The Greencards were beginning to stretch the boundaries of bluegrass and acoustic country on their third album, 2007's Viridian, and with their fourth set, Fascination, they've made it clear they're not going to let generic boundaries get in the way of their musical growth. The group's lineup hasn't changed, and they still play acoustic instruments exclusively, but Fascination features little that resembles traditional bluegrass. Instead, the Greencards adventurously try their hands at reggae ("Fascination"), lively uptempo pop ("The Avenue"), slinky jazz ("Three Four Time"), and atmospheric tone poems whose scope belies their status as a three-piece ("Into the Blue"). Even the tunes that bear the closest resemblance to traditional acoustic music find the trio putting a new spin on old sounds -- the simple but insistent percussion on "Rivertown" fuses a powerful energy to a melody in the classic style, and the wide dynamics and adventurous counterpoints of "Little Siam" suggest newgrass thrown into stylistic overdrive. One thing that thankfully hasn't changed is the remarkable skill of these three musicians and the magic that occurs when they play together; Carol Young's lead vocals are strong, heartfelt, and evocative (as is her bass playing), while Kym Warner's mandolins, bouzouki, and ukulele and Eamon McLoughlin's violin, viola, and cello reveal the gifts of a virtuoso and the imagination to do something fresh with their sounds. And the gentle but engaging beauty of the Greencards' earlier music certainly carries over to Fascination; if this album represents a brave step onto new ground, it also retains the beauty and soul of their best work, and while old fans will be pleased, it's easy to imagine some new ones will be drawn in as well.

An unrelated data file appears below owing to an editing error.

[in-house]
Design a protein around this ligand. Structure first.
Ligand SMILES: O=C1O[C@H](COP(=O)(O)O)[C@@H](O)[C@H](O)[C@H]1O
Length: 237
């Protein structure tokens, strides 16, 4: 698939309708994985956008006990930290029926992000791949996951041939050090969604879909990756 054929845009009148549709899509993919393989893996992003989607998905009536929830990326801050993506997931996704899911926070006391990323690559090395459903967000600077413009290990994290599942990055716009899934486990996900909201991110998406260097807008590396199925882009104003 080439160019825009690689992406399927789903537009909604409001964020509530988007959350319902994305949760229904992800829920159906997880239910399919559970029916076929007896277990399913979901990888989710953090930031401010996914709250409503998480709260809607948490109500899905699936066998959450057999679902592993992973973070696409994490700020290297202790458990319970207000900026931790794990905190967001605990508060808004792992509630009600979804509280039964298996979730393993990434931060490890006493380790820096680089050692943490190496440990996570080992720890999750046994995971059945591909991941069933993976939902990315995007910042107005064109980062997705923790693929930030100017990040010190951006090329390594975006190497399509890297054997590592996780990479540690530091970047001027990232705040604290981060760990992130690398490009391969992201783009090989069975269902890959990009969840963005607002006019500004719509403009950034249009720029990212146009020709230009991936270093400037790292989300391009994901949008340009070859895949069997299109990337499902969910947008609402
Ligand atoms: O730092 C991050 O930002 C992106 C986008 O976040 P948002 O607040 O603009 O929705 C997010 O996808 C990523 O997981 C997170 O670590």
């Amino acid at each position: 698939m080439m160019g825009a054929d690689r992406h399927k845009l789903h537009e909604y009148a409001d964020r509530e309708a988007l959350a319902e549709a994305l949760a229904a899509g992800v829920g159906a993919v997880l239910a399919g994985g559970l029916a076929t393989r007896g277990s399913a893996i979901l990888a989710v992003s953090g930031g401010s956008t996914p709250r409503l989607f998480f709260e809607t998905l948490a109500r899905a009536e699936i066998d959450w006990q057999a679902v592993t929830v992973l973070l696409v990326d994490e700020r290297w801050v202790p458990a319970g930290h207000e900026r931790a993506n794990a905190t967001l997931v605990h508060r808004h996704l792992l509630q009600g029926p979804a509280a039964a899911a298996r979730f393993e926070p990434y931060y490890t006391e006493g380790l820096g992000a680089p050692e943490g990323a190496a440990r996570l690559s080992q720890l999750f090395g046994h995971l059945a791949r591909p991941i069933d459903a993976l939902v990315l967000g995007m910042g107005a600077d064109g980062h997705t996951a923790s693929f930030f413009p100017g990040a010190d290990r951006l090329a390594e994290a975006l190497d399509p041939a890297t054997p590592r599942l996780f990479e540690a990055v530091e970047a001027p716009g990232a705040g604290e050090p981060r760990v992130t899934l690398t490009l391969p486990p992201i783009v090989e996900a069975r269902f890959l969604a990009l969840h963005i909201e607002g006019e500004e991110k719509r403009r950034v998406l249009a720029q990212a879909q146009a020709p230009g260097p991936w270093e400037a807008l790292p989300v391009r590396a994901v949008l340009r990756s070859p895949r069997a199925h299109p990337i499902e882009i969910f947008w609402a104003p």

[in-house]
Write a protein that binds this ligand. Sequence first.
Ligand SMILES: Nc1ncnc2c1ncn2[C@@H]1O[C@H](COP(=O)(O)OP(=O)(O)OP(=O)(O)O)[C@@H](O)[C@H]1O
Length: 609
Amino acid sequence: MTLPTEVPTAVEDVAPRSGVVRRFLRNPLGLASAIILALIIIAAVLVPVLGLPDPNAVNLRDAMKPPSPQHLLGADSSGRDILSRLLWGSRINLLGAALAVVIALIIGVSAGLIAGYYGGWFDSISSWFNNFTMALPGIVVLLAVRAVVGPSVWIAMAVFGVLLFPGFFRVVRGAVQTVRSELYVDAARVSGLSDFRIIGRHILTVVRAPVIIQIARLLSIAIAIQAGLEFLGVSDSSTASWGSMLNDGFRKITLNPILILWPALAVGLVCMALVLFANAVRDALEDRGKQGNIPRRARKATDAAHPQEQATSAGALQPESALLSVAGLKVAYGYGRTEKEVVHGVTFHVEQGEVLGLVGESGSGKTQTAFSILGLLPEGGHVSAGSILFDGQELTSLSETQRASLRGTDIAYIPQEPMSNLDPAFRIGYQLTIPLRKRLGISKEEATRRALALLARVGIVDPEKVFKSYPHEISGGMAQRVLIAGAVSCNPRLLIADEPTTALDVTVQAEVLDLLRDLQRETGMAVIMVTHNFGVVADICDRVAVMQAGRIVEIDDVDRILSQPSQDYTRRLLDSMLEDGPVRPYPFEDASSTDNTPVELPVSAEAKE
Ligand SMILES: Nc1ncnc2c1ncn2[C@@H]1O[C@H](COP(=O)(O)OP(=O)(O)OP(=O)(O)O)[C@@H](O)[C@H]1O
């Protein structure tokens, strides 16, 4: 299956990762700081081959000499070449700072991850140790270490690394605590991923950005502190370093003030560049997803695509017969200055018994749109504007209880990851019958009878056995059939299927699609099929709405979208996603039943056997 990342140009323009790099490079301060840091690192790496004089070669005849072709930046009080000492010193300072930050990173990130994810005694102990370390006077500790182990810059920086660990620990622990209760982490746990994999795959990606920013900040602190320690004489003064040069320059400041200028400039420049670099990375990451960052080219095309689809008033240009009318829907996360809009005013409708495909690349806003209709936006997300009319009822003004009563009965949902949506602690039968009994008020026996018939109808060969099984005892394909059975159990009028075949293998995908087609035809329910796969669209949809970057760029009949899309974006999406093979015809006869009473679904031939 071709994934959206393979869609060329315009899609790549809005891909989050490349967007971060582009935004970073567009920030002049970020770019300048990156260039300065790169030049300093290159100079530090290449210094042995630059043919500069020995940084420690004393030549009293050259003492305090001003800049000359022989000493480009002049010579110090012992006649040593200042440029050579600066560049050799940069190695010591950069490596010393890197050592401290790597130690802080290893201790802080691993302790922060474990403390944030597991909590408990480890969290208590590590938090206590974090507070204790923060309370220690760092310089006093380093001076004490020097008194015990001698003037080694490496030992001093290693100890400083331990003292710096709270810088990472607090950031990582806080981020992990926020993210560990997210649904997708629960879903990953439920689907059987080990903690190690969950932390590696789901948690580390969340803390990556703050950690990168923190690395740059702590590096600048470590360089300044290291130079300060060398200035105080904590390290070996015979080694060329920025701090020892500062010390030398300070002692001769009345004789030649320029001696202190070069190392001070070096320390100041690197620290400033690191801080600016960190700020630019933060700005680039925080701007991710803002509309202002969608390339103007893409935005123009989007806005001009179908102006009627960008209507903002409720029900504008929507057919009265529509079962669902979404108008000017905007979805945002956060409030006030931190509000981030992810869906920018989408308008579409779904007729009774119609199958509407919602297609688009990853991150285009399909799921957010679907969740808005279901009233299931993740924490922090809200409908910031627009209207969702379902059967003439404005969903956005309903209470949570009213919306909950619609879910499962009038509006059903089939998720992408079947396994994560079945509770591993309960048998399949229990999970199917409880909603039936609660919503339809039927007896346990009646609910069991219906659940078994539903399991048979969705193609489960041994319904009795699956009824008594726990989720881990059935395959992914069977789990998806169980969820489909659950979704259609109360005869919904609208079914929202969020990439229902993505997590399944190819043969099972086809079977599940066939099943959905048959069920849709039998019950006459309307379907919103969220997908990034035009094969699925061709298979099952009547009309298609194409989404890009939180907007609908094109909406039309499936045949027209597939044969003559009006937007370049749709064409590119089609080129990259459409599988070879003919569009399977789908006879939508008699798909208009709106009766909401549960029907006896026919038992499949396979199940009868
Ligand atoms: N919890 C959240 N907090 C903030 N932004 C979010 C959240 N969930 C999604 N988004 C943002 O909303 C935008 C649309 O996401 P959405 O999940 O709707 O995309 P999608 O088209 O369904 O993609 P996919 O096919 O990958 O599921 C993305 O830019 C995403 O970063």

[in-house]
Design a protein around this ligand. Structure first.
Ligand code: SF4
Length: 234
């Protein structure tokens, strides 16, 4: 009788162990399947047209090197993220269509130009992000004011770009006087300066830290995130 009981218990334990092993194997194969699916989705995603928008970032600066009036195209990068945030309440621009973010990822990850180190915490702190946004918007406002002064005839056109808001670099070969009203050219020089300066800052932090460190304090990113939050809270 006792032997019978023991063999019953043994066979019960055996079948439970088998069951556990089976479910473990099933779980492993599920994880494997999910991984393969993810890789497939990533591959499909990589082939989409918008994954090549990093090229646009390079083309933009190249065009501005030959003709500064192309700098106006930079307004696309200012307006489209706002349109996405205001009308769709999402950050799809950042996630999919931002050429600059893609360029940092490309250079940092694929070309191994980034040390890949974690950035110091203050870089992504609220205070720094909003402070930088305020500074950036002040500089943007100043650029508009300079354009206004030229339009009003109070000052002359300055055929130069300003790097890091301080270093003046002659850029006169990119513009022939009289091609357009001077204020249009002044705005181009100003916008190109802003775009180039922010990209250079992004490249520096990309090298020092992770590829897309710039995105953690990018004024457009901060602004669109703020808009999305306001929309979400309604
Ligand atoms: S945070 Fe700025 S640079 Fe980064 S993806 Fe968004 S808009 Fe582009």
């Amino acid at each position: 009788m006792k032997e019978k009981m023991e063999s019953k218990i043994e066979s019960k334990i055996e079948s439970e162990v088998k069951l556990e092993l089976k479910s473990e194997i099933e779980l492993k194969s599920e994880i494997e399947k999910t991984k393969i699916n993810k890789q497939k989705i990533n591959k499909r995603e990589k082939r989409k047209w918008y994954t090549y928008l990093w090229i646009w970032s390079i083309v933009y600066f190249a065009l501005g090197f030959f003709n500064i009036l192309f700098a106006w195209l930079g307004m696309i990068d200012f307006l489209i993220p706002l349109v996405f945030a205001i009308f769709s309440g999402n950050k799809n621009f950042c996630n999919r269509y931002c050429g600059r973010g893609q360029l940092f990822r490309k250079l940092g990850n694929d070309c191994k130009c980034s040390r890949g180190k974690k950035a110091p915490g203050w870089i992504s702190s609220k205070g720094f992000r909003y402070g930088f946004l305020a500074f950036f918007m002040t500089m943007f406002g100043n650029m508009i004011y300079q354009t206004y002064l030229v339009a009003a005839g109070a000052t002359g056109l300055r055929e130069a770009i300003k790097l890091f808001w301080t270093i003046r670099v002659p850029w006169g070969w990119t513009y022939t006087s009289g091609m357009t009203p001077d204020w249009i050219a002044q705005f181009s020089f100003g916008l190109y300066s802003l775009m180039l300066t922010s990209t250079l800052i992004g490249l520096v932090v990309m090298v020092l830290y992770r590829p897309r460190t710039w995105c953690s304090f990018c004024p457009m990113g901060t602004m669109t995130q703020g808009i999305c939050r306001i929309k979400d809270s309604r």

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AllMusic Review by Mark Deming